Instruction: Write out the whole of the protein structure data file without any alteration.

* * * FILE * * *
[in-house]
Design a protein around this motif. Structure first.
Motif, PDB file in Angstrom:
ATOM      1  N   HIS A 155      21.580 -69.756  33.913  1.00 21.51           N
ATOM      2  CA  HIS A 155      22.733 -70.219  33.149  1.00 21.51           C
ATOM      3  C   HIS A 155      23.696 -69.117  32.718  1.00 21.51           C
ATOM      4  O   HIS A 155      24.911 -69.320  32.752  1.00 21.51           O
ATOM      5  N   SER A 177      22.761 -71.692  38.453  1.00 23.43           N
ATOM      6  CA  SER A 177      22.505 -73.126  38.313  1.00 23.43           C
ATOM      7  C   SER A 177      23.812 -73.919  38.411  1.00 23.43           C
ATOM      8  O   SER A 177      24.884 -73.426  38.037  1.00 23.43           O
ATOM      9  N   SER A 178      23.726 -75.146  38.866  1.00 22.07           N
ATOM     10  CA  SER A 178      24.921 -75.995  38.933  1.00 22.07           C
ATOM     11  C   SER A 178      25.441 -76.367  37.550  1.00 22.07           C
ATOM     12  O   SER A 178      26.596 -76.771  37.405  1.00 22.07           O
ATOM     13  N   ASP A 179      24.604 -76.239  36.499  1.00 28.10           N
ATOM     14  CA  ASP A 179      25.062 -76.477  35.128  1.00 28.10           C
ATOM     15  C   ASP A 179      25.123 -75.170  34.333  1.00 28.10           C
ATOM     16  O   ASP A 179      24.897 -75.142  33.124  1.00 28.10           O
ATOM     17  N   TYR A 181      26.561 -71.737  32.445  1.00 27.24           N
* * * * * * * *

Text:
[in-house]
Design a protein around this motif. Structure first.
Motif, PDB file in Angstrom:
ATOM      1  N   HIS A 155      21.580 -69.756  33.913  1.00 21.51           N
ATOM      2  CA  HIS A 155      22.733 -70.219  33.149  1.00 21.51           C
ATOM      3  C   HIS A 155      23.696 -69.117  32.718  1.00 21.51           C
ATOM      4  O   HIS A 155      24.911 -69.320  32.752  1.00 21.51           O
ATOM      5  N   SER A 177      22.761 -71.692  38.453  1.00 23.43           N
ATOM      6  CA  SER A 177      22.505 -73.126  38.313  1.00 23.43           C
ATOM      7  C   SER A 177      23.812 -73.919  38.411  1.00 23.43           C
ATOM      8  O   SER A 177      24.884 -73.426  38.037  1.00 23.43           O
ATOM      9  N   SER A 178      23.726 -75.146  38.866  1.00 22.07           N
ATOM     10  CA  SER A 178      24.921 -75.995  38.933  1.00 22.07           C
ATOM     11  C   SER A 178      25.441 -76.367  37.550  1.00 22.07           C
ATOM     12  O   SER A 178      26.596 -76.771  37.405  1.00 22.07           O
ATOM     13  N   ASP A 179      24.604 -76.239  36.499  1.00 28.10           N
ATOM     14  CA  ASP A 179      25.062 -76.477  35.128  1.00 28.10           C
ATOM     15  C   ASP A 179      25.123 -75.170  34.333  1.00 28.10           C
ATOM     16  O   ASP A 179      24.897 -75.142  33.124  1.00 28.10           O
ATOM     17  N   TYR A 181      26.561 -71.737  32.445  1.00 27.24           N